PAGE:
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Experts: Obama Got It Wrong on Contraception Experts: Obama Got It Wrong on Contraception

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Experts: Obama Got It Wrong on Contraception


Several types of oral contraceptives manufactured by eight Japanese pharmaceutical companies are shown at Oral Contraceptives Information Center in Tokyo, July 2, 2004. Five years ago Japanese women's rights advocates won a major battle to legalize oral contraceptives. Now they are waging an even tougher fight: getting women to use them. ()  (AP Photo/Itsuo Inouye)

The Obama administration initially got it wrong on its controversial contraception rule and likely violated federal law, religious-policy experts at the Brookings
Institution said on Thursday.

Bill Galston, a former Clinton administration official, and Melissa Rogers, the director of Wake Forest University Divinity School's Center for Religion and Public Affairs, attempted to inject some balance into a debate that has exploded over the past month in their report examining conscience issues in health care.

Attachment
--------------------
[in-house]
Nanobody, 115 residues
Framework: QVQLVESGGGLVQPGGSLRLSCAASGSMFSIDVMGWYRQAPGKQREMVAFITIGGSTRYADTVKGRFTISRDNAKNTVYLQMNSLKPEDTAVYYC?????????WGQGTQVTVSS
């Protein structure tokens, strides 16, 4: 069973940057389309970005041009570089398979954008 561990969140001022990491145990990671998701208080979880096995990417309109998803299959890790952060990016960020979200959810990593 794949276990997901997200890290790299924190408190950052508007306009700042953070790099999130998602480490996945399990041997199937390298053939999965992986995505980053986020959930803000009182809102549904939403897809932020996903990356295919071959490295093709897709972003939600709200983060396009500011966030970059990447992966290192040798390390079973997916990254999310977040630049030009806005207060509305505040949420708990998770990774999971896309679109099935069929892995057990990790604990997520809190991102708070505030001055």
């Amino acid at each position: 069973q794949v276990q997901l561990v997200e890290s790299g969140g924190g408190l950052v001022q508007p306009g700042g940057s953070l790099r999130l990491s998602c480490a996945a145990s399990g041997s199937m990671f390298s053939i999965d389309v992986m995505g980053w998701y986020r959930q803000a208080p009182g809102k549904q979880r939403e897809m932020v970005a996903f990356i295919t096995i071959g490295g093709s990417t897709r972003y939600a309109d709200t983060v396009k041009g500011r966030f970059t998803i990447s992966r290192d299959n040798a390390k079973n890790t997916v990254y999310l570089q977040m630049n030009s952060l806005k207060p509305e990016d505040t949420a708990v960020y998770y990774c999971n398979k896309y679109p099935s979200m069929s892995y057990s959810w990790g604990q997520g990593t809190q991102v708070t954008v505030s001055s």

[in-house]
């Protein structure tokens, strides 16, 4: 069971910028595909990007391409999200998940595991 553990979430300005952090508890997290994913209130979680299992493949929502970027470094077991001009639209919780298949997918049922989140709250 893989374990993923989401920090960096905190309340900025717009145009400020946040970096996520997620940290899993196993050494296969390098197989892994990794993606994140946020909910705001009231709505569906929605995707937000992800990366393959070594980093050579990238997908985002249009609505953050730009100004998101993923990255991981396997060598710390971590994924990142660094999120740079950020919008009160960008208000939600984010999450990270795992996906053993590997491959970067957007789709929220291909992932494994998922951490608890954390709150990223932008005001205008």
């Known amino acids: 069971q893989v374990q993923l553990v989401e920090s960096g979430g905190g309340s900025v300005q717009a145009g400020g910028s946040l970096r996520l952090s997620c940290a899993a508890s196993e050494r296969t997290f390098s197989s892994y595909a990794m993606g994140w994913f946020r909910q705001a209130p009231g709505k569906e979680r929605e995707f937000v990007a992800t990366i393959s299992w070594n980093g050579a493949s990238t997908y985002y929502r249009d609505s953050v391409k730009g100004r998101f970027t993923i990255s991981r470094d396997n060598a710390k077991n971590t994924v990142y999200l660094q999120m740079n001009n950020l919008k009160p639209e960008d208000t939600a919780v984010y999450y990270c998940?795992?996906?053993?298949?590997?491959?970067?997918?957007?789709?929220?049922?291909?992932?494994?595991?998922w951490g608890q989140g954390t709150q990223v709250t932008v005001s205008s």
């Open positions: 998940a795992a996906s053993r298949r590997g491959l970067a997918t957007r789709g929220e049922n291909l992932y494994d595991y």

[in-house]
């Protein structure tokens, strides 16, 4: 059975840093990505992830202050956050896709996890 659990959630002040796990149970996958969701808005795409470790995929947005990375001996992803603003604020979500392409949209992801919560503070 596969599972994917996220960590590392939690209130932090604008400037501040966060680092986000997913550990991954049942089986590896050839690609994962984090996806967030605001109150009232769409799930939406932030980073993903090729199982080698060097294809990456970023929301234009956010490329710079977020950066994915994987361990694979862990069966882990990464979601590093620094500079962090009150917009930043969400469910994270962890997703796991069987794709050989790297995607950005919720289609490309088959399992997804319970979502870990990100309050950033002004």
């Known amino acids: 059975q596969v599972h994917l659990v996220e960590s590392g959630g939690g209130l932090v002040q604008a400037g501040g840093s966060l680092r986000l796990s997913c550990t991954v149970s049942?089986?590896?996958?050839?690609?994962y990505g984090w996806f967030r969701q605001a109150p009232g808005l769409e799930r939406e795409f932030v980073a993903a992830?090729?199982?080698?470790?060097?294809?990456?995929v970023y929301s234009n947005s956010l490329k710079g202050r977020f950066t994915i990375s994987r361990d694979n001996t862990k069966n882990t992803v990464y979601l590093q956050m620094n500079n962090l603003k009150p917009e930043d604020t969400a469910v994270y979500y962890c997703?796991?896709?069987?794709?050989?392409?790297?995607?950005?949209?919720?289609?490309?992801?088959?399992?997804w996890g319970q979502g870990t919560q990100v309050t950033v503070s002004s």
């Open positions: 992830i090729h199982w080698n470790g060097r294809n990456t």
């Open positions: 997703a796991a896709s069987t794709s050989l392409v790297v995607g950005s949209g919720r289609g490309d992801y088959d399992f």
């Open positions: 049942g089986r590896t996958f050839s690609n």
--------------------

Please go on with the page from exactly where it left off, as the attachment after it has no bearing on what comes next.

But they also said the White House’s initial position on the birth-control rule – which exempted religious groups only when they primarily serve people of their own faith, among other requirements – was not a fair position. It violated the 1993 Religious Freedom Restoration Act, Rogers said, because it was not the “least restrictive” way for the federal government to impose on religious practice.

After weeks of vehement opposition from some religious leaders, particularly Catholic bishops, the Obama administration last week offered an “accommodation” to the contraception rule, saying religious organizations’ money would not be used to pay for birth control. Insurers must pay instead. That change was a step in the right direction, Rogers said.

“The process was flawed … and the president was not maximally served” initially, Galston said. “The right voices were never together in the right room.”


Rogers said the new guidance introduced by the Obama administration last week could be broadened during the rule-making process. And as for the court cases challenging the contraception rule, Rogers said the best place to write good policy on conscience issues was the legislature, not the courts.

“Courts can’t fashion this very well,” Rogers said.

Of course, as the highly polarized 112th Congress heads into the presidential election, there is little chance of thoughtful legislation on this topic. On Capitol Hill, the debate has devolved into a political point-scoring opportunity; Democrats paint the controversy as an attack on women’s health, while Republicans frame it as an attack on religious freedom.

It doesn’t have to be so black and white, especially on issues of religious conscience that have “bedeviled” legal scholars for decades, Galston said.


“We need to dignify the interests of both sides,” Rogers said at a briefing. “It doesn’t have to be winner-take-all.”


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